After confirmation, the volume status should be assessed. One useful way to do this is to measure urine creatinine, urine sodium, and urine osmolality (osm), Dr. Florez says. If a patient has water retention or hypertonic urine from syndrome of inappropriate diuretic hormone secretion (SIADH), hypothyroidism, or glucocorticoid deficiency, the hospitalist needs to act accordingly.
“If the urine osm is high, higher than the serum osm, and is fixed at that level for some reason…giving that person isotonic fluids will lead to additional water retention and make the situation worse,” he says. “It’s very important to assess the volume status and establish the cause. And then, if you’re going to give fluids, be mindful of what the urine might look like. Do not give fluids that are hypotonic with respect to what the urine is making, unless you are completely convinced that the person is dry and therefore needs volume.”
“Once you start insulin and correcting the hyperosmolality, the potassium shifts, so it can become abnormally low fairly quickly. You start the insulin and fluids; then all of a sudden that person’s potassium is drastically abnormal and they’re coding. It’s important to make sure your hospital’s diabetic ketoacidosis protocol includes frequent potassium checks.”—Bruce Mitchell, MD, director of hospital medicine services, Emory Hospital Midtown, assistant professor of hospital medicine, Emory University, Atlanta.
7. Encourage patients to check their own glucose and administer their own insulin while still in the hospital.
“We often deal with patients who start insulin treatment for diabetes during an admission or who seem not to be doing very well giving insulin at home,” Dr. Wexler says. “Many patients can benefit from supervised insulin injections and glucose testing.”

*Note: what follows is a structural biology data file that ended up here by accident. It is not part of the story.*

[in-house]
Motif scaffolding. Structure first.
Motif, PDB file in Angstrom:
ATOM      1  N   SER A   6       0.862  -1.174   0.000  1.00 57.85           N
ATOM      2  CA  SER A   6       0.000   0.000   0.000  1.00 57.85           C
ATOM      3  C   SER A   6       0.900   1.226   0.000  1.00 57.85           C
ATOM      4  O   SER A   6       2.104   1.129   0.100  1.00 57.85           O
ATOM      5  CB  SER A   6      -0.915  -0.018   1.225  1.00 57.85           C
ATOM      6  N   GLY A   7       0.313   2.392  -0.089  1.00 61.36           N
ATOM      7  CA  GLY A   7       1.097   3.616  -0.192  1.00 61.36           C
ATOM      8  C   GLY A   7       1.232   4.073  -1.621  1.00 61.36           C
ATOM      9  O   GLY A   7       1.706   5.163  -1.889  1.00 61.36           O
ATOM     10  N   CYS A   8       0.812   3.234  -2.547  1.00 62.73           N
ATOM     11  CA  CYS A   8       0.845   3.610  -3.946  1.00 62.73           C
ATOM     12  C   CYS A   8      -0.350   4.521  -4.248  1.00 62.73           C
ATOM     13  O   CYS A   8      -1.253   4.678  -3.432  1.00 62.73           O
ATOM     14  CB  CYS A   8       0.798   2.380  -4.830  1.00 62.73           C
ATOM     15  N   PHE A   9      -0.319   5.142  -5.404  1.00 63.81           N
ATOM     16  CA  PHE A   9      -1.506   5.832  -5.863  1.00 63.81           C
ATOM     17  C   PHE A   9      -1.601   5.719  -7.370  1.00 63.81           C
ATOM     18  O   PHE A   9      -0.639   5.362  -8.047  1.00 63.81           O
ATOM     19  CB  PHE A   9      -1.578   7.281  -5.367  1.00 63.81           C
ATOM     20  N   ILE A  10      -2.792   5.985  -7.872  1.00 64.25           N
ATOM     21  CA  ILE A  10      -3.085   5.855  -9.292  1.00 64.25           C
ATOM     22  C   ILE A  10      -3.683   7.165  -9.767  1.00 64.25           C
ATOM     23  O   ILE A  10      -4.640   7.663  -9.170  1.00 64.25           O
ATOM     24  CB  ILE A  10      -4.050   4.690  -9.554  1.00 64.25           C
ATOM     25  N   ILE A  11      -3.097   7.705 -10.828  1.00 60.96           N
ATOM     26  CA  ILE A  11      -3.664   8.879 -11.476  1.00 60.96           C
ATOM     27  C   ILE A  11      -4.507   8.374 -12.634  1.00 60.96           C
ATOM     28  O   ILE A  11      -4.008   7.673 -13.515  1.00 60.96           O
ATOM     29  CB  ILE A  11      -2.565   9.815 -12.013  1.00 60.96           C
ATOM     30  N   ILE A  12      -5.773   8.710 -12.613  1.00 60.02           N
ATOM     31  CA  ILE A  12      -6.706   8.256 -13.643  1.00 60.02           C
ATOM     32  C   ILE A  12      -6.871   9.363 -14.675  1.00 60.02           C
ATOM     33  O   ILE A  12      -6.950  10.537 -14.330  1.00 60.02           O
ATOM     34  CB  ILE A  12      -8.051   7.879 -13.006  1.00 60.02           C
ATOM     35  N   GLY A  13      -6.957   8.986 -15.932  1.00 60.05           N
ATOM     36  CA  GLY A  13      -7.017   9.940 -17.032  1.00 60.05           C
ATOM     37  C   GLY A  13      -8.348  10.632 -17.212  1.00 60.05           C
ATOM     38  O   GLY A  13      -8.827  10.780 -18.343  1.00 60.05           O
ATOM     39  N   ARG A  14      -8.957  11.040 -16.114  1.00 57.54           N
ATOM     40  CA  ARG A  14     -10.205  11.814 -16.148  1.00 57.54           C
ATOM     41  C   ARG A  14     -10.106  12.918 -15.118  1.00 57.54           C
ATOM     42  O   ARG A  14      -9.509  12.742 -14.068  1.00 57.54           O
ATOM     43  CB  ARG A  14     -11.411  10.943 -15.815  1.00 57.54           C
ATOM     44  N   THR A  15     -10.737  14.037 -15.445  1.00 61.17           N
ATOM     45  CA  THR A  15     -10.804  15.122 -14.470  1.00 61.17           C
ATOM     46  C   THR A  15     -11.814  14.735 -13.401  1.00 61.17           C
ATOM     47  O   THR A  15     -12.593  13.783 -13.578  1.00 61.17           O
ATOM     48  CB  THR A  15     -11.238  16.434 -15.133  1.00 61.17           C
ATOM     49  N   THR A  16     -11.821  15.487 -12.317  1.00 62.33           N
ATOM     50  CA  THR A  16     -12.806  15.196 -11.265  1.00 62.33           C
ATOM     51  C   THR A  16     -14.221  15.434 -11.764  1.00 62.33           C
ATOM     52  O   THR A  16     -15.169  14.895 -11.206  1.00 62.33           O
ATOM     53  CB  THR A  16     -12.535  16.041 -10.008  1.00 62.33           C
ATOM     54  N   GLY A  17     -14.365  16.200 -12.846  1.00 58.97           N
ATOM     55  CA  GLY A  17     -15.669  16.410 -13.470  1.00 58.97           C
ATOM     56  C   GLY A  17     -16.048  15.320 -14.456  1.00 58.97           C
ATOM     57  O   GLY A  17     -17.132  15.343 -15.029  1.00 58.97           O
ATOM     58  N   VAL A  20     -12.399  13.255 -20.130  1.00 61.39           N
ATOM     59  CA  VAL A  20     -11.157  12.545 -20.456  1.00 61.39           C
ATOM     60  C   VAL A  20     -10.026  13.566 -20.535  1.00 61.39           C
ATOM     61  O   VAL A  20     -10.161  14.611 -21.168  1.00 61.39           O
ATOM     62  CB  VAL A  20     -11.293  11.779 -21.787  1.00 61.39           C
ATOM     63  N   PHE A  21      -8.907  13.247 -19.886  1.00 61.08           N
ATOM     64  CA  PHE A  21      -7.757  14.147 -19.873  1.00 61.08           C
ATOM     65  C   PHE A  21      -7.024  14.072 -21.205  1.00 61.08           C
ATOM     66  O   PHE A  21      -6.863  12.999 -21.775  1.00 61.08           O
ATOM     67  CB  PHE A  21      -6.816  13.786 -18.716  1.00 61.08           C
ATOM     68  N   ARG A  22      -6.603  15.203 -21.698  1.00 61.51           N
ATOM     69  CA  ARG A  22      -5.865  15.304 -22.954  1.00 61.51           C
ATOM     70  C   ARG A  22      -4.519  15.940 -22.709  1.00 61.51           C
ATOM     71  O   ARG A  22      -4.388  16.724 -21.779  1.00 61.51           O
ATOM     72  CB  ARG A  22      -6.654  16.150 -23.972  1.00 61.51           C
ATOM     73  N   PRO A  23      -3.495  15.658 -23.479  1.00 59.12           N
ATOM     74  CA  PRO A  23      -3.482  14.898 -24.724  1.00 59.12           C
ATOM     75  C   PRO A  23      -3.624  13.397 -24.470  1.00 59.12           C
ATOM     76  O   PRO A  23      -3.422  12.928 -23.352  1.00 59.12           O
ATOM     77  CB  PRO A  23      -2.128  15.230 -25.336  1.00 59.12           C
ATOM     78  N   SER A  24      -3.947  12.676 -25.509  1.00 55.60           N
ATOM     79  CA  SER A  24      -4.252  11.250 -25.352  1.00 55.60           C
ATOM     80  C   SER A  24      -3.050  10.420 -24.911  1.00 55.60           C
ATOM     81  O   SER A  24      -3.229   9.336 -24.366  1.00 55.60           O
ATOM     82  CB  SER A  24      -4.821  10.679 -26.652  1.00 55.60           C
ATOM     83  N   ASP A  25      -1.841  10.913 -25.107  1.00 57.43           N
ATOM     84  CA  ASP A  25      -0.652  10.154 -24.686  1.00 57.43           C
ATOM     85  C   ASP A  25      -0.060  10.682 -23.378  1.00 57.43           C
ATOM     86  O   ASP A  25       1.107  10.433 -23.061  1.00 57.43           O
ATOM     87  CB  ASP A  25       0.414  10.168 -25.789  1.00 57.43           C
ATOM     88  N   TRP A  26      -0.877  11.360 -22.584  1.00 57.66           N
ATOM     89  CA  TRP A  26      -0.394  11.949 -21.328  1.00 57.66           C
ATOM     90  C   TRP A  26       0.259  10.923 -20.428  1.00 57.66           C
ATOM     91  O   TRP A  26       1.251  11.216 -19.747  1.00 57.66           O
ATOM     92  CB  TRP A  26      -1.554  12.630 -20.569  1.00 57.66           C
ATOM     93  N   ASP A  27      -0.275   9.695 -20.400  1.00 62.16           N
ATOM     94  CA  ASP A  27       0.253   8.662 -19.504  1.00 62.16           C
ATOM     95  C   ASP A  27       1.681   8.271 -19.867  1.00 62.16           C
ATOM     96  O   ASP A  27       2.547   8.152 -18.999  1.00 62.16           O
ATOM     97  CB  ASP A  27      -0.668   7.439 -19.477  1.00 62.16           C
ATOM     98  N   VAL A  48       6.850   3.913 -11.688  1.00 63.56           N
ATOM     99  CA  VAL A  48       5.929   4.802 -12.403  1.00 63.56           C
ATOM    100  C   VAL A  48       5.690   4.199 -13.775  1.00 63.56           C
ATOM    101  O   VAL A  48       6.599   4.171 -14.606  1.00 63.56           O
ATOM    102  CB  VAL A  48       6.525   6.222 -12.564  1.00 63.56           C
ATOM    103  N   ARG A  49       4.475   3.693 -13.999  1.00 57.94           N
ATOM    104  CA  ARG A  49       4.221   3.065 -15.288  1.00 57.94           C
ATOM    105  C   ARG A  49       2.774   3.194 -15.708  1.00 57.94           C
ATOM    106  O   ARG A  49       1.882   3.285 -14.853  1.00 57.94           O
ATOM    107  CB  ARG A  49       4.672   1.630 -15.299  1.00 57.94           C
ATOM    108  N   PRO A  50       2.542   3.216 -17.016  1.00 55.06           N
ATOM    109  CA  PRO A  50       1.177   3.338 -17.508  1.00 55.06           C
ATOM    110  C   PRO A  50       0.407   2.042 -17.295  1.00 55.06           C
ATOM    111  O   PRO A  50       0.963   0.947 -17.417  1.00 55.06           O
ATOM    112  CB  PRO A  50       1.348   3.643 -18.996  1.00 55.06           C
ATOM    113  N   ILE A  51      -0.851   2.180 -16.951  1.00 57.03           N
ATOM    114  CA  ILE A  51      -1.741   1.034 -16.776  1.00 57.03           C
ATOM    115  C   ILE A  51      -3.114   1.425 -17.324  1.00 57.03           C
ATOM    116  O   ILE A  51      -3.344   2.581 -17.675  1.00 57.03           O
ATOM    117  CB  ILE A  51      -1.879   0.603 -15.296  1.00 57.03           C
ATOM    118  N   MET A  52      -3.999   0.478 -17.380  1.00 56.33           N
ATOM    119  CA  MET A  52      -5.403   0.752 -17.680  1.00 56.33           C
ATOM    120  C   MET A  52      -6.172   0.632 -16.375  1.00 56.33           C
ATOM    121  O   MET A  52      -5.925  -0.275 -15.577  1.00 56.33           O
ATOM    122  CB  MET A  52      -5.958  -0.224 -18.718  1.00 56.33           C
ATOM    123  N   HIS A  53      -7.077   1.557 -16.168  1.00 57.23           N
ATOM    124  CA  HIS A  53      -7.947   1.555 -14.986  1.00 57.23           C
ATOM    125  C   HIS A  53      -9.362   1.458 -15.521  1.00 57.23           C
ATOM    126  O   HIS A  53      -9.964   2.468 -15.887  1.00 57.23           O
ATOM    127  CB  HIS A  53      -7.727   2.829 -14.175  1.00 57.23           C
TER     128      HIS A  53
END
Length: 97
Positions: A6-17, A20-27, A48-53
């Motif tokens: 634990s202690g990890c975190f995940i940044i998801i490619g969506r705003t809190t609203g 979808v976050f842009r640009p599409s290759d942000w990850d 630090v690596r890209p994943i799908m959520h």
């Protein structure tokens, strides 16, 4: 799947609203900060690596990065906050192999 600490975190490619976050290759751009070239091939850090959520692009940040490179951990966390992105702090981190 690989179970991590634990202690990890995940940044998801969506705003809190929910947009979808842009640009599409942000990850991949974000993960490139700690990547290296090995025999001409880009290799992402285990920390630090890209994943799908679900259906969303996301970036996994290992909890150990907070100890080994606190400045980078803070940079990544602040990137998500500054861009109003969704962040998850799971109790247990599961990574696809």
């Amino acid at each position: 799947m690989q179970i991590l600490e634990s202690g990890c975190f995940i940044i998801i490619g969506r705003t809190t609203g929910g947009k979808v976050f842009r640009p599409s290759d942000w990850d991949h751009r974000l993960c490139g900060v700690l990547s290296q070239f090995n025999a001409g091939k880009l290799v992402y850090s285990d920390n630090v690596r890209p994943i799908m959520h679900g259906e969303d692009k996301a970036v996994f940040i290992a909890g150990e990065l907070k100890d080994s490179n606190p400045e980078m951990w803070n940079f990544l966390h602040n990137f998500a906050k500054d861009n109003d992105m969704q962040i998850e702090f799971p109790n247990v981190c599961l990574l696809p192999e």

Going through the process while in the hospital with supervision can be a good refresher, she says.
“You don’t have to necessarily order specific diabetic teaching,” she adds, noting that not all hospitals have diabetic educators available at all times.
A patient might be waiting for diabetic teaching before discharge, but this might be one way to speed the process, Dr. Wexler says. She suggests teaching by example.
8. Patients on steroids every day are at risk for adrenal insufficiency.
Even if they aren’t on corticosteroids when they present, hospitalists should think of these patients as “at risk for adrenal insufficiency and potentially immunocompromised,” Dr. Greenwald says. “The bigger issue in most cases is the adrenal insufficiency.”
That means their bodies can’t mount an appropriate response to stress.
“And without that appropriate response of additional stress hormone the body would normally make, they may not be able, for example, to maintain their blood pressure,” he says. “This can be extremely dangerous.”
Inhaled steroids, and topical steroids if they are applied to broken skin, can have a kind of stealth effect.
“That’s something to keep in mind,” Dr. Wexler says, noting the connection between blood pressure management and endocrine conditions.
9. Thyroid hormone might not be as well absorbed under certain conditions.
With calcium or iron supplementation, thyroid hormones might present a problem, Dr. Wexler says. For patients at home taking thyroid hormone appropriately (an hour or two separated from calcium or iron supplementation), there “should be no issue,” she says. “But if they are administered at the same time at the hospital, patients may not absorb the full dose.”
Tom Collins is a freelance writer in South Florida.